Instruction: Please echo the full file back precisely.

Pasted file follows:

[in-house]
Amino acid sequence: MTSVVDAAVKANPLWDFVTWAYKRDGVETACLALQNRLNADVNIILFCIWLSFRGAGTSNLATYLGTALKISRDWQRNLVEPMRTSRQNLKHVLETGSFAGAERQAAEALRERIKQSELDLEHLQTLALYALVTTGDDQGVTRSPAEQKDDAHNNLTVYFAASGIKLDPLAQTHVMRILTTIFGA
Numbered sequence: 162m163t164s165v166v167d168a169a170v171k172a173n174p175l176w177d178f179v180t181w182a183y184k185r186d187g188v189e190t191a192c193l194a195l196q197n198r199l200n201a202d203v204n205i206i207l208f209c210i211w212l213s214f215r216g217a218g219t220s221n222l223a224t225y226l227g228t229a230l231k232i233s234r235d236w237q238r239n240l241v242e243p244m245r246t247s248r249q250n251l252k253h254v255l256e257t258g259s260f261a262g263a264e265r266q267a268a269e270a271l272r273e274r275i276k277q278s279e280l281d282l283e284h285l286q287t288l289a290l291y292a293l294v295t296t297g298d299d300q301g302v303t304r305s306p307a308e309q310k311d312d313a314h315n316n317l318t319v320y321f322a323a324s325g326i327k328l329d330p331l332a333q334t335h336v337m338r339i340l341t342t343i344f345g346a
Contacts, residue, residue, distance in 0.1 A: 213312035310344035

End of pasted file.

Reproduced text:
[in-house]
Amino acid sequence: MTSVVDAAVKANPLWDFVTWAYKRDGVETACLALQNRLNADVNIILFCIWLSFRGAGTSNLATYLGTALKISRDWQRNLVEPMRTSRQNLKHVLETGSFAGAERQAAEALRERIKQSELDLEHLQTLALYALVTTGDDQGVTRSPAEQKDDAHNNLTVYFAASGIKLDPLAQTHVMRILTTIFGA
Numbered sequence: 162m163t164s165v166v167d168a169a170v171k172a173n174p175l176w177d178f179v180t181w182a183y184k185r186d187g188v189e190t191a192c193l194a195l196q197n198r199l200n201a202d203v204n205i206i207l208f209c210i211w212l213s214f215r216g217a218g219t220s221n222l223a224t225y226l227g228t229a230l231k232i233s234r235d236w237q238r239n240l241v242e243p244m245r246t247s248r249q250n251l252k253h254v255l256e257t258g259s260f261a262g263a264e265r266q267a268a269e270a271l272r273e274r275i276k277q278s279e280l281d282l283e284h285l286q287t288l289a290l291y292a293l294v295t296t297g298d299d300q301g302v303t304r305s306p307a308e309q310k311d312d313a314h315n316n317l318t319v320y321f322a323a324s325g326i327k328l329d330p331l332a333q334t335h336v337m338r339i340l341t342t343i344f345g346a
Contacts, residue, residue, distance in 0.1 A: 213312035310344035